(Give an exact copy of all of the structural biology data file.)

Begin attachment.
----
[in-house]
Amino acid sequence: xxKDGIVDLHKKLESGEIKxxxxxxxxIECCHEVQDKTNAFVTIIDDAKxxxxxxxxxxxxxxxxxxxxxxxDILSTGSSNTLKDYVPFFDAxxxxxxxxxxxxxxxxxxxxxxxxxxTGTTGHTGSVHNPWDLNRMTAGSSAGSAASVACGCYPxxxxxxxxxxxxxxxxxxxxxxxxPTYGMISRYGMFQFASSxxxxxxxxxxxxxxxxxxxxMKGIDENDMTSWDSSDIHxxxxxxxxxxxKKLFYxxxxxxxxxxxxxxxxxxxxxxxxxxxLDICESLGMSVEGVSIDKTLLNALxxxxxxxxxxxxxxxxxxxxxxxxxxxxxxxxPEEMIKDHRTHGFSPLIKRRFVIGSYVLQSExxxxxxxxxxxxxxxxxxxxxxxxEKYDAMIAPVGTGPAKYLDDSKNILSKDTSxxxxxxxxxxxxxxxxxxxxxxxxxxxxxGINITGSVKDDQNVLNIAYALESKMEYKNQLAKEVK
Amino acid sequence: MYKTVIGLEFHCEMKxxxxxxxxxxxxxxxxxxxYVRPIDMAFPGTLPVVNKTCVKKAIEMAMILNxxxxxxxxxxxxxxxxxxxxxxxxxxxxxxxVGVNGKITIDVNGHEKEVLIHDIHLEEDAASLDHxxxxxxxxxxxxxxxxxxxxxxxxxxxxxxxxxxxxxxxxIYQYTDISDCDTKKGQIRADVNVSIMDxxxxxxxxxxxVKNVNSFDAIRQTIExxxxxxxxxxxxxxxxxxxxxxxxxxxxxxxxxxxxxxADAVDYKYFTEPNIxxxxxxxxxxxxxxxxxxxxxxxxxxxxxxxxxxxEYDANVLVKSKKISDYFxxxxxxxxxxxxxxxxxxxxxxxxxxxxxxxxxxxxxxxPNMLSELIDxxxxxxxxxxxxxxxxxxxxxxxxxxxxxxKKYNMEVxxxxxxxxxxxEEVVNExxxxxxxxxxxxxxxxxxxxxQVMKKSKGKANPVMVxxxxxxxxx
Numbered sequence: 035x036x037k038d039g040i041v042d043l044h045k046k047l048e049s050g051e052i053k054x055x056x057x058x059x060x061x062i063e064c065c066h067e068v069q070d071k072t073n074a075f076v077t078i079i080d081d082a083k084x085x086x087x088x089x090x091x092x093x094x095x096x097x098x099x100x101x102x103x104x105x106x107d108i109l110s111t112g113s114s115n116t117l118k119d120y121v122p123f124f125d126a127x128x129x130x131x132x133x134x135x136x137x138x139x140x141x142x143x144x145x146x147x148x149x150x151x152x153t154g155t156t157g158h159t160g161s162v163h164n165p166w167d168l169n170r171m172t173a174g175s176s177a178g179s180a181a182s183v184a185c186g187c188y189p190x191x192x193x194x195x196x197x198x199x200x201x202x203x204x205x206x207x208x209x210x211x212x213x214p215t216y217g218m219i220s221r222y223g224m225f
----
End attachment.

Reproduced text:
[in-house]
Amino acid sequence: xxKDGIVDLHKKLESGEIKxxxxxxxxIECCHEVQDKTNAFVTIIDDAKxxxxxxxxxxxxxxxxxxxxxxxDILSTGSSNTLKDYVPFFDAxxxxxxxxxxxxxxxxxxxxxxxxxxTGTTGHTGSVHNPWDLNRMTAGSSAGSAASVACGCYPxxxxxxxxxxxxxxxxxxxxxxxxPTYGMISRYGMFQFASSxxxxxxxxxxxxxxxxxxxxMKGIDENDMTSWDSSDIHxxxxxxxxxxxKKLFYxxxxxxxxxxxxxxxxxxxxxxxxxxxLDICESLGMSVEGVSIDKTLLNALxxxxxxxxxxxxxxxxxxxxxxxxxxxxxxxxPEEMIKDHRTHGFSPLIKRRFVIGSYVLQSExxxxxxxxxxxxxxxxxxxxxxxxEKYDAMIAPVGTGPAKYLDDSKNILSKDTSxxxxxxxxxxxxxxxxxxxxxxxxxxxxxGINITGSVKDDQNVLNIAYALESKMEYKNQLAKEVK
Amino acid sequence: MYKTVIGLEFHCEMKxxxxxxxxxxxxxxxxxxxYVRPIDMAFPGTLPVVNKTCVKKAIEMAMILNxxxxxxxxxxxxxxxxxxxxxxxxxxxxxxxVGVNGKITIDVNGHEKEVLIHDIHLEEDAASLDHxxxxxxxxxxxxxxxxxxxxxxxxxxxxxxxxxxxxxxxxIYQYTDISDCDTKKGQIRADVNVSIMDxxxxxxxxxxxVKNVNSFDAIRQTIExxxxxxxxxxxxxxxxxxxxxxxxxxxxxxxxxxxxxxADAVDYKYFTEPNIxxxxxxxxxxxxxxxxxxxxxxxxxxxxxxxxxxxEYDANVLVKSKKISDYFxxxxxxxxxxxxxxxxxxxxxxxxxxxxxxxxxxxxxxxPNMLSELIDxxxxxxxxxxxxxxxxxxxxxxxxxxxxxxKKYNMEVxxxxxxxxxxxEEVVNExxxxxxxxxxxxxxxxxxxxxQVMKKSKGKANPVMVxxxxxxxxx
Numbered sequence: 035x036x037k038d039g040i041v042d043l044h045k046k047l048e049s050g051e052i053k054x055x056x057x058x059x060x061x062i063e064c065c066h067e068v069q070d071k072t073n074a075f076v077t078i079i080d081d082a083k084x085x086x087x088x089x090x091x092x093x094x095x096x097x098x099x100x101x102x103x104x105x106x107d108i109l110s111t112g113s114s115n116t117l118k119d120y121v122p123f124f125d126a127x128x129x130x131x132x133x134x135x136x137x138x139x140x141x142x143x144x145x146x147x148x149x150x151x152x153t154g155t156t157g158h159t160g161s162v163h164n165p166w167d168l169n170r171m172t173a174g175s176s177a178g179s180a181a182s183v184a185c186g187c188y189p190x191x192x193x194x195x196x197x198x199x200x201x202x203x204x205x206x207x208x209x210x211x212x213x214p215t216y217g218m219i220s221r222y223g224m225f